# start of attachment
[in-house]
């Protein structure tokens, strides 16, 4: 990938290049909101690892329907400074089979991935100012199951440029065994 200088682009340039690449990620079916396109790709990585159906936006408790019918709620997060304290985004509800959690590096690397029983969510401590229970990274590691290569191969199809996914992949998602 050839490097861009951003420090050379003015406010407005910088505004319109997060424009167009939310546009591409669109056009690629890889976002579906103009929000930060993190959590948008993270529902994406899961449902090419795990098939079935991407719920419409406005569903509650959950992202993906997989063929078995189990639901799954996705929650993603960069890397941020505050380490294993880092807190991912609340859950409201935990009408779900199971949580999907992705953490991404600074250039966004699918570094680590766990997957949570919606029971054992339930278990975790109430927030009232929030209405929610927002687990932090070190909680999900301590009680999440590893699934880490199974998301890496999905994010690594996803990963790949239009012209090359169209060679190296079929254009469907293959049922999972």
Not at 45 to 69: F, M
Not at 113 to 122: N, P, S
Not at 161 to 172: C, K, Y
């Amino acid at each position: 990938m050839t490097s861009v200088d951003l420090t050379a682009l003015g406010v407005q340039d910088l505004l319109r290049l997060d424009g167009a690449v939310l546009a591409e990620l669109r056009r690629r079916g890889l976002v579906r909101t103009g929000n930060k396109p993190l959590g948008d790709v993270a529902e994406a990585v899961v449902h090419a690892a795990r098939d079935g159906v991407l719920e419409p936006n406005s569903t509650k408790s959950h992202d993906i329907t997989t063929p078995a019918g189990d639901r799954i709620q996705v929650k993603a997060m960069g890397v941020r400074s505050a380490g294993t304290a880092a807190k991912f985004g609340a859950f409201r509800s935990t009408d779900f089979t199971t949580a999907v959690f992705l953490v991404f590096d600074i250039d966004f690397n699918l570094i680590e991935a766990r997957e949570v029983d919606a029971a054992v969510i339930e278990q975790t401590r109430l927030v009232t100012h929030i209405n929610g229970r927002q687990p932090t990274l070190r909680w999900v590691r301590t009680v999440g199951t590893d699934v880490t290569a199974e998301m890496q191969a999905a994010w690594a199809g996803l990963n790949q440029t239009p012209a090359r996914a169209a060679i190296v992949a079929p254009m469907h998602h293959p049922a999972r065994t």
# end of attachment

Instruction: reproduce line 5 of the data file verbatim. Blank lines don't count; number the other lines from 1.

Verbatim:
Not at 161 to 172: C, K, Y